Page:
I recall reading a very comprehensive document on land reform in the Solomon Islands some years ago which was entitled “Building a Pathway for Successful Land Reform in the Solomon Islands.” The author of the Report was Siobhan McDonnell with substantial contributions from Joseph Foukona and Dr.Alice Pollard.
The Report contained some sound advice for the Solomon Islands Government to consider when considering land reform and ‘unlocking’ or ‘opening up’ land for development.
The author, in one paragraph, wrote – “What is more important when we discuss land reform is making sure that all landowners receive equitable returns from development on their land.”
The Report went on to say (quote)
“Solomon Islands is dominated by logging and now by the gradual shift to mineral extraction.
“Landowners have high rental expectations from these sectors. However, the history of logging, mining and land dealings shows how corruption and conflict of interest have contributed to the increase in land contestations in recent years.
“ Middlemen involved in brokering these economic activities as ‘trustees’, ‘logging licensees’, ‘land consultants’ or government agents lack capacity and some of them act dishonestly when representing different landowner interests.
“Often when landowner groups are not happy, they dispute these deals or refuse consent for development activity on their land.
“Government agencies have too often played a role in promoting investor interests rather than looking after landowners. The experience of legal processes for land acquisition, logging licensing, natural resource extraction agreements, land dealings either on customary or state land in urban areas shows that the current trustee model, embedded in these legal processes, can easily be manipulated by mainly powerful male actors. These experiences point to the need to review legal processes and engage in land reform that is based on the needs of landowners and investors.
“This should be led by the Solomon Islands government, pulling together talented Solomon Islanders to drive land reform. In my mind, such an approach would help to create not only a space for developing ‘thought leadership’ but also inter-generation capacity building of Solomon Islanders to better manage and deal with land issues.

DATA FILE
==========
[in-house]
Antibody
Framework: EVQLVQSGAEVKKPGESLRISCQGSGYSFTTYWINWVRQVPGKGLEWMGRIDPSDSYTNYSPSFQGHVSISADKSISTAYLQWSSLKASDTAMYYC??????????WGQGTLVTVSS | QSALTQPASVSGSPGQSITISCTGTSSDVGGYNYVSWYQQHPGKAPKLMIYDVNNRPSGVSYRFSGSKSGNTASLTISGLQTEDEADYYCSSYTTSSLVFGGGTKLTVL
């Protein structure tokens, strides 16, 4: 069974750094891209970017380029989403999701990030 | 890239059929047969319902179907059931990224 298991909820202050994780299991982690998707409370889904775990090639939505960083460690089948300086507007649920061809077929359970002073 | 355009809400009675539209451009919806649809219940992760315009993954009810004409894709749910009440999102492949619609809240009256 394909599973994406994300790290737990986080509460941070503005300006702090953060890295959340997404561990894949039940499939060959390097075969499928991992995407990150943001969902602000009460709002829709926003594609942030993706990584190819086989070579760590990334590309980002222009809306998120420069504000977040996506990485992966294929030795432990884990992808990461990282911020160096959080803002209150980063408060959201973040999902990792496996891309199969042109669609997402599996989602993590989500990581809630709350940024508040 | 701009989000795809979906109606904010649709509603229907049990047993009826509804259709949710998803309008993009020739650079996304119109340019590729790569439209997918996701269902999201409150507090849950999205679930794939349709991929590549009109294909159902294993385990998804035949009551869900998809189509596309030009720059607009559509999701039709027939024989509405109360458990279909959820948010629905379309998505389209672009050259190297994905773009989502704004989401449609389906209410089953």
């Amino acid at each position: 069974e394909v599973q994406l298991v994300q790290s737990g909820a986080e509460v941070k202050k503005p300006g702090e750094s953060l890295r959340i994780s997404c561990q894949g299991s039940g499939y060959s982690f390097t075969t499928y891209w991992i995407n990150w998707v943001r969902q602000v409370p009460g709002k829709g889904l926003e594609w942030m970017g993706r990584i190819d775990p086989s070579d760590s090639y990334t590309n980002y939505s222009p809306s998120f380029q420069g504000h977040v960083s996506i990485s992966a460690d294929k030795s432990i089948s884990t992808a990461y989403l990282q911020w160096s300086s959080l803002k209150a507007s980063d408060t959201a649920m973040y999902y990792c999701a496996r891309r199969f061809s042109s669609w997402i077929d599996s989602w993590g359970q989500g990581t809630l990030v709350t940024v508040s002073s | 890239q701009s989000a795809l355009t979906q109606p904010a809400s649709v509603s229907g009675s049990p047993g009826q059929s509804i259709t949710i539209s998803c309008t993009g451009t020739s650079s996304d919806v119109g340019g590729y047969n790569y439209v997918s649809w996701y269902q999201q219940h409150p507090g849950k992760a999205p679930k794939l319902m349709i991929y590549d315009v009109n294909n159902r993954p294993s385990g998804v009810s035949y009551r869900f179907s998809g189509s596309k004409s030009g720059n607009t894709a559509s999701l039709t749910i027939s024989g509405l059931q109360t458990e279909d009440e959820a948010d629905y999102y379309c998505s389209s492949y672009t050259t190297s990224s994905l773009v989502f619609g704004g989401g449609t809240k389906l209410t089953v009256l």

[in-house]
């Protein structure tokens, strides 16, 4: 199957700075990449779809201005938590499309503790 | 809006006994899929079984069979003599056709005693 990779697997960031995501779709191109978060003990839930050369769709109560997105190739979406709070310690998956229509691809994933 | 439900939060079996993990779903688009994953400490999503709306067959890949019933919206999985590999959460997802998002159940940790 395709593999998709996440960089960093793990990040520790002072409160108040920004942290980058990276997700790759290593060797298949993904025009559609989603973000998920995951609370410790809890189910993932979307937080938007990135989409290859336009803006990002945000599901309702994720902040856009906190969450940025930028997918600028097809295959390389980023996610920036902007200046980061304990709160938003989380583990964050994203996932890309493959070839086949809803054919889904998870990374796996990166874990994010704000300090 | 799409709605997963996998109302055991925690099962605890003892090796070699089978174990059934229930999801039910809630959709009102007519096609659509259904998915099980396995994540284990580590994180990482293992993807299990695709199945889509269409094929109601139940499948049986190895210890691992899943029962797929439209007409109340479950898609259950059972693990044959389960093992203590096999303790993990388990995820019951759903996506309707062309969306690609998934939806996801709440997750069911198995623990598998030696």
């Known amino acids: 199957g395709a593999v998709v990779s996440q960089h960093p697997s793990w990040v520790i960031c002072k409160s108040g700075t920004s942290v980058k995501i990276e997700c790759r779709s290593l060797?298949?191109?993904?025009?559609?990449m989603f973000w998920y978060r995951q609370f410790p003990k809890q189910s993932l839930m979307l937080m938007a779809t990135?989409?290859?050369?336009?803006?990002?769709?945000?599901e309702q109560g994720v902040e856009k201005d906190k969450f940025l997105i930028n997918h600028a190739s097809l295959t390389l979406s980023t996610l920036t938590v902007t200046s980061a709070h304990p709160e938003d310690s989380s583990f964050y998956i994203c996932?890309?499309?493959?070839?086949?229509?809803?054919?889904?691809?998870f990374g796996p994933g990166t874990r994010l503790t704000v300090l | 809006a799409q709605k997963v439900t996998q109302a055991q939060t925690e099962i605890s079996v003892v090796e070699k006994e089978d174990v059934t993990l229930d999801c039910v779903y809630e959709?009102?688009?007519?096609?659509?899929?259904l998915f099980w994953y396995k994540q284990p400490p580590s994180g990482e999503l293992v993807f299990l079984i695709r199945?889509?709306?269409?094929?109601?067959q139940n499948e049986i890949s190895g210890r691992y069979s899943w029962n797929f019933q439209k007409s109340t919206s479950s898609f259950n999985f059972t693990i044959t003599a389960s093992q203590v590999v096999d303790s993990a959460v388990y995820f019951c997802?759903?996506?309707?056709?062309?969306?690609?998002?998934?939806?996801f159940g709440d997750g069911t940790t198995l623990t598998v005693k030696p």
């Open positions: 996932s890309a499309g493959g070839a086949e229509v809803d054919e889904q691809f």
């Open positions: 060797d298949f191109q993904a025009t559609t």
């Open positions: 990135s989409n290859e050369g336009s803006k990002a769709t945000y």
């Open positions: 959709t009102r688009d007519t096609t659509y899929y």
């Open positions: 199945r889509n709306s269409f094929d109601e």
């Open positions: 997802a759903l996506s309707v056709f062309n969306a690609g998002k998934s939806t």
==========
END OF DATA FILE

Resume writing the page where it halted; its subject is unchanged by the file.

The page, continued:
“This Report highlights the need for a step by step development process for land reform efforts. Based on land reform experience in other Melanesian countries, it shows that a successful land reform process requires clear policy direction. The amending or writing of new land laws should be the final step of this land reform process, rather than the beginning. This report is a useful discussion document that we can draw on as we constructively engage in dialogue to create our own unique pathway for a successful land reform in Solomon Islands.”
I have often wondered whether the Report was considered in detail by the government following its publication and I confess, as one now distant from the Solomon Islands, that I truly do not know the answer but continue to read, as in two instances this past week, of land disputes on Customary land that have impeded developments or hampered air services by grievances raised by landowners.
In the first incident, it was reported by the Solomon Islands Broadcasting Corporation (SIBC) that a Small Malaita road construction project was being halted as a result of a dispute with landowners.
The road survey from Rorongo to Tawaro is ready to begin, pending the tribal landowners’ decision.
In the second incident, the outcome proved to be more successful following the personal intervention of the Solomon Islands Prime Minister.
The provincial airport at Parasi has been closed for seven years due to a long running land dispute involving landowner groups. The airport is now said to re-open in March 2018.
Prime Minister, Rick Hou, discussed with landowners other projects that have long been affected by land disputes, including the construction of a regional hospital, a new police station, new court house and new power and water supply plants for Afio Substation.
Last October Moody’s Investor Service in a report evaluating the Solomon Islands local and foreign currency rating commented on the SI economic growth prospects (quote)
“On the downside, the economy’s growth potential could weaken materially in particular if the structural decline in the logging industry, weak competitiveness and low quality infrastructure hinder investment more significantly than we currently assume. In turn, a prolonged economic slowdown or sudden negative economic shock, combined with lower donor funding and depleting government’s cash reserves, would undermine fiscal strength.”
It is not too difficult to realize that the nation’s economy will suffer if land disputes continue to hamper development and raises the question in my mind, once again, to what extent has land reform taken place in the Solomon Islands since the Report and recommendations I have referred to by Siobhan McDonnell?